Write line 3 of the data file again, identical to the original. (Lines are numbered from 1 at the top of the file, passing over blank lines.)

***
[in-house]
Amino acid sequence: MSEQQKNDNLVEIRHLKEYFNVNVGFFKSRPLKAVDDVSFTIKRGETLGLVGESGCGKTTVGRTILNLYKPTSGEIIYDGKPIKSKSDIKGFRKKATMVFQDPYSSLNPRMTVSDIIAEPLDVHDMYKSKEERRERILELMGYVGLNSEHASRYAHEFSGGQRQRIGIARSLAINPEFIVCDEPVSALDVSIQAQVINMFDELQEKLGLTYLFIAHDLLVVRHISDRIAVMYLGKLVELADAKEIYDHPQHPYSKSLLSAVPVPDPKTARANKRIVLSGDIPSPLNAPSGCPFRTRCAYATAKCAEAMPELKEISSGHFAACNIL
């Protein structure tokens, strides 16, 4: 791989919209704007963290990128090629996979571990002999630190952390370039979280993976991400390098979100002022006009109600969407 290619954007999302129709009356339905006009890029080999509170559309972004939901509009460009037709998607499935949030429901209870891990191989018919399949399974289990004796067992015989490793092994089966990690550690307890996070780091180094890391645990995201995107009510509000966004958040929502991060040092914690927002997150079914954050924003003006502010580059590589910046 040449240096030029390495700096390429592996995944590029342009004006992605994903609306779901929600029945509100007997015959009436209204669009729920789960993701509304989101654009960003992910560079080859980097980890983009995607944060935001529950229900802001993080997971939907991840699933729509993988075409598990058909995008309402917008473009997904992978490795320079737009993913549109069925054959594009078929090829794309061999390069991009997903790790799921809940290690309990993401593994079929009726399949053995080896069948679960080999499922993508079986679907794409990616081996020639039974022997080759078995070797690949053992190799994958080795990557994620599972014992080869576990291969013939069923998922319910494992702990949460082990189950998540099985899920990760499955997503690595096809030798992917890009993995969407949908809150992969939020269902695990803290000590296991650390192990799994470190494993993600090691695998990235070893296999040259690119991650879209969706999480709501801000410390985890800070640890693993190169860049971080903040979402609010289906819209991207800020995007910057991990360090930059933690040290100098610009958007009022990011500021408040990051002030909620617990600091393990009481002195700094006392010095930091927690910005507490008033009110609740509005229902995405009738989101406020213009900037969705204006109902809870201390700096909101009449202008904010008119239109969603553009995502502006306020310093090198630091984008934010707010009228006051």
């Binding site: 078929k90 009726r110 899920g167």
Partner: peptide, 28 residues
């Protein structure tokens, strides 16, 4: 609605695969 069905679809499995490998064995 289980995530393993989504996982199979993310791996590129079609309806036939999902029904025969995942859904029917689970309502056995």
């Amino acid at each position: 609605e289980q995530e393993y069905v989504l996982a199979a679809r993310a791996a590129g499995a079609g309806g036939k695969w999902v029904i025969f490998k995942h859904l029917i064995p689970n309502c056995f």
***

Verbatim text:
């Protein structure tokens, strides 16, 4: 791989919209704007963290990128090629996979571990002999630190952390370039979280993976991400390098979100002022006009109600969407 290619954007999302129709009356339905006009890029080999509170559309972004939901509009460009037709998607499935949030429901209870891990191989018919399949399974289990004796067992015989490793092994089966990690550690307890996070780091180094890391645990995201995107009510509000966004958040929502991060040092914690927002997150079914954050924003003006502010580059590589910046 040449240096030029390495700096390429592996995944590029342009004006992605994903609306779901929600029945509100007997015959009436209204669009729920789960993701509304989101654009960003992910560079080859980097980890983009995607944060935001529950229900802001993080997971939907991840699933729509993988075409598990058909995008309402917008473009997904992978490795320079737009993913549109069925054959594009078929090829794309061999390069991009997903790790799921809940290690309990993401593994079929009726399949053995080896069948679960080999499922993508079986679907794409990616081996020639039974022997080759078995070797690949053992190799994958080795990557994620599972014992080869576990291969013939069923998922319910494992702990949460082990189950998540099985899920990760499955997503690595096809030798992917890009993995969407949908809150992969939020269902695990803290000590296991650390192990799994470190494993993600090691695998990235070893296999040259690119991650879209969706999480709501801000410390985890800070640890693993190169860049971080903040979402609010289906819209991207800020995007910057991990360090930059933690040290100098610009958007009022990011500021408040990051002030909620617990600091393990009481002195700094006392010095930091927690910005507490008033009110609740509005229902995405009738989101406020213009900037969705204006109902809870201390700096909101009449202008904010008119239109969603553009995502502006306020310093090198630091984008934010707010009228006051």